Wednesday, January 7, 2009

Burn After Reading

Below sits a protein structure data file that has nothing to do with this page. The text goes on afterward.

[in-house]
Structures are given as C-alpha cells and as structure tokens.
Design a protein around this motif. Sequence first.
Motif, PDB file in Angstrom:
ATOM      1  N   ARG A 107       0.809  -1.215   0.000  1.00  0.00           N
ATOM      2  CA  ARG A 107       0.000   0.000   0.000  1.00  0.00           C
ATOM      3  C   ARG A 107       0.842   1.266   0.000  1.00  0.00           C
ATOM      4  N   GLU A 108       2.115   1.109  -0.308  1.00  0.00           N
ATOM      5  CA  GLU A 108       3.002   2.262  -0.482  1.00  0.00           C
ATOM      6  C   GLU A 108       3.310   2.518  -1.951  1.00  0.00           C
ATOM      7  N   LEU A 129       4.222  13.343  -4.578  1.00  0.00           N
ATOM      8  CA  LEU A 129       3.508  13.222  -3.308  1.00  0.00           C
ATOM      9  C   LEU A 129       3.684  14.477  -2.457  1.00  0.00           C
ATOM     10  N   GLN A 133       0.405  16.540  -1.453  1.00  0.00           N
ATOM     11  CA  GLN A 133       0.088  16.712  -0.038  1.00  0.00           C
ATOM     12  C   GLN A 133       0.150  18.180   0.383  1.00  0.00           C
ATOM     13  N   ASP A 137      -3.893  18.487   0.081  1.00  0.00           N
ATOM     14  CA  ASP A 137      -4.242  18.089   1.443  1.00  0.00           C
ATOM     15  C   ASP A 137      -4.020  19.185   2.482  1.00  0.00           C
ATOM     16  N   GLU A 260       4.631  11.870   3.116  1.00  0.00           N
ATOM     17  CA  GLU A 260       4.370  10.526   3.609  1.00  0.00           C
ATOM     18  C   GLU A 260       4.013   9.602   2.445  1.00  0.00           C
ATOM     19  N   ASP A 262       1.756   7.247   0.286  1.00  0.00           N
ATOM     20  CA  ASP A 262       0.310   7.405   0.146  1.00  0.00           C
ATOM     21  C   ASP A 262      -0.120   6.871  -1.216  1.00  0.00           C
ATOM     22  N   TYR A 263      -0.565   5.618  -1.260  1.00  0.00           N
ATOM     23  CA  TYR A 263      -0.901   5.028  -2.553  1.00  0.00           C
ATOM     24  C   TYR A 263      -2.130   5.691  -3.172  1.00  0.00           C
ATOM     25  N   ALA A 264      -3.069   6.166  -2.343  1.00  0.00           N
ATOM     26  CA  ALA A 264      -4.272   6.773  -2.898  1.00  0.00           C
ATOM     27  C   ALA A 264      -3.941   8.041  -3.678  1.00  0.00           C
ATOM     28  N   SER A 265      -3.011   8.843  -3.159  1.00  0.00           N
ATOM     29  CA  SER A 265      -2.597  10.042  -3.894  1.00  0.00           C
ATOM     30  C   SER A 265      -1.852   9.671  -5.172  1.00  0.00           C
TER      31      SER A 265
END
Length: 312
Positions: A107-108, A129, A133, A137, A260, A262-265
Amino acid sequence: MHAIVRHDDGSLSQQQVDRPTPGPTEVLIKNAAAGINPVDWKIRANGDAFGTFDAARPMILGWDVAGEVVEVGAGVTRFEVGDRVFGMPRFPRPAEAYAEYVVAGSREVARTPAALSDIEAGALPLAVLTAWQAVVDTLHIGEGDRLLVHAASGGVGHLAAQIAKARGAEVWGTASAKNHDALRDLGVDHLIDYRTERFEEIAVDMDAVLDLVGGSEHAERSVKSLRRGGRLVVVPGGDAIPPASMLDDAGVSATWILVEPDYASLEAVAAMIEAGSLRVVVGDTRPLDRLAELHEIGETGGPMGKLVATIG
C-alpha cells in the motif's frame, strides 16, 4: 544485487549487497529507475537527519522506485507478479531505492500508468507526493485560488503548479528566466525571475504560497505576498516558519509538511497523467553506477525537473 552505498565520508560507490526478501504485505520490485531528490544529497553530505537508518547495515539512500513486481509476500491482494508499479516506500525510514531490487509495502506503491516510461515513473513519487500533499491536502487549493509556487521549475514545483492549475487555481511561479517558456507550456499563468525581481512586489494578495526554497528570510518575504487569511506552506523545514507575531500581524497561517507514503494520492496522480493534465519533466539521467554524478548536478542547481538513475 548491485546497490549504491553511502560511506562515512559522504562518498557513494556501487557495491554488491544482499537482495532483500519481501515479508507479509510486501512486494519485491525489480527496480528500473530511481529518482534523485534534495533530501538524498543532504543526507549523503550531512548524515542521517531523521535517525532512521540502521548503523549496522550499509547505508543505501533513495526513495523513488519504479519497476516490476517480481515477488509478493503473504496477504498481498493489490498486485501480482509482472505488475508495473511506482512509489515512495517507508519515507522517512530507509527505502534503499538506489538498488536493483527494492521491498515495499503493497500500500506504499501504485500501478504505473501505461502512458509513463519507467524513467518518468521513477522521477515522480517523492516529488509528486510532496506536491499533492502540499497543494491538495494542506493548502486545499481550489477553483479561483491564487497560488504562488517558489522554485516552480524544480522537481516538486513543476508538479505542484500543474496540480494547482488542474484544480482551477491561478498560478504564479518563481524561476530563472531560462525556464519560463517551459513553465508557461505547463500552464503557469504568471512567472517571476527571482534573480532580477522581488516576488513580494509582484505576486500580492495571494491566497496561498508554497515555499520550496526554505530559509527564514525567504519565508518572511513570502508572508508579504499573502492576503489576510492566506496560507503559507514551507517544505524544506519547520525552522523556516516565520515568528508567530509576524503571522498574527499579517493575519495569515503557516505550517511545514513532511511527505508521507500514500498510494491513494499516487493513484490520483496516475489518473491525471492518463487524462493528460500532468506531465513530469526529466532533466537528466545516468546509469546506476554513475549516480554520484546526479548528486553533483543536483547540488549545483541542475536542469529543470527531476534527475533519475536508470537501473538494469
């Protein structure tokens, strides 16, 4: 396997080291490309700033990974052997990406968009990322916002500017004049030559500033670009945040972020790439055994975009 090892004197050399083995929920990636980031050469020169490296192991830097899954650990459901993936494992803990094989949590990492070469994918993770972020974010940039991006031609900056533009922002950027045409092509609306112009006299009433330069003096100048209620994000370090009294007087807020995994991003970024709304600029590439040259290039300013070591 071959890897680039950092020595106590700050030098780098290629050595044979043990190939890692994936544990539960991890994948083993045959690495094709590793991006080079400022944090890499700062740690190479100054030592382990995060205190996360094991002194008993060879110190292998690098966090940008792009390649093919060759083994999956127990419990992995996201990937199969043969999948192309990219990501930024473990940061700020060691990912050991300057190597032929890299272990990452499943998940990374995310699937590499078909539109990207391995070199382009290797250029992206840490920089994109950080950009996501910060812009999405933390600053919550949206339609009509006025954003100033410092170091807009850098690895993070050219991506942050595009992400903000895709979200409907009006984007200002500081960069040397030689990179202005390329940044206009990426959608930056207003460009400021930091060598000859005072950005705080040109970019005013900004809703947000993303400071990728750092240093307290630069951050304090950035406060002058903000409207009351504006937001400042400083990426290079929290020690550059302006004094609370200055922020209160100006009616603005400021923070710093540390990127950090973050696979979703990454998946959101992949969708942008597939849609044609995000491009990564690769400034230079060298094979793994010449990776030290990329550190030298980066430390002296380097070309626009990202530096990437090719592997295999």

"Burn After Reading" is Joel and Ethan Coen's (as people call it) "dark comedy" of 2008, a film that is pulled off with such genius and wit that we take the assorted tomfoolery in stride. It has a cast of dreams: George Clooney, Frances McDormand, John Malkovich, Brad Pitt, and Tilda Swinton, not to mention Richard Jenkins and J.K. Simmons in funny supporting roles. Malkovich plays Osbourne Cox, a dismissed CIA analyst who dictates his experiences and compiles them into an audio-memoir. This somehow turns up on the floor in the ladies locker room at Hardbodies Gym. The somewhat dim-witted individuals who work here are McDormand as plastic-surgery desiring Linda, and Brad Pitt in his funniest and best role to date as Chad Feldheimer. Their manager is a man of good intentions, Ted, played by Jenkins. Clooney and Swinton are lovers who are having an affair, Harry Pfarrer and Katie Cox (yes, she is married unhappily to Osbourne). Pfarrer is married to Sandy (Elizabeth Marvel), an author of bizarre children's books about the senate that only the Coen Brothers could come up with. But the oddities of this film is the fun. Pitt's hilarious performance is so dumb that without the rest of the cast he would have been mediocre. McDormand is the main source of support, and she's also good. I think that Malkovich gets runner-up to Pitt for best performance, as a raging, axe-wielding lunatic who attended Princeton. Clooney is a close third, as he turns in a good comedic performance and does what he can do with the conscientious operative that he plays. The big winners, though, are the Coen Brothers. They are consistently inventive in their humor, with all the more quirks and idiocy than in "The Big Lebowski." This film is in the same caliber. The Coens haven't dropped their style for ten years, and here's there award: a hilarious film that is definitely one of the funniest, darkest, and most idiotic films of the year, a film with Coen written all over it, which proves a lot of things. Like that Brad Pitt, the same wooden actor of "The Curious Case of Benjamin Button," can carry a movie. With all due hydration, of course. B+

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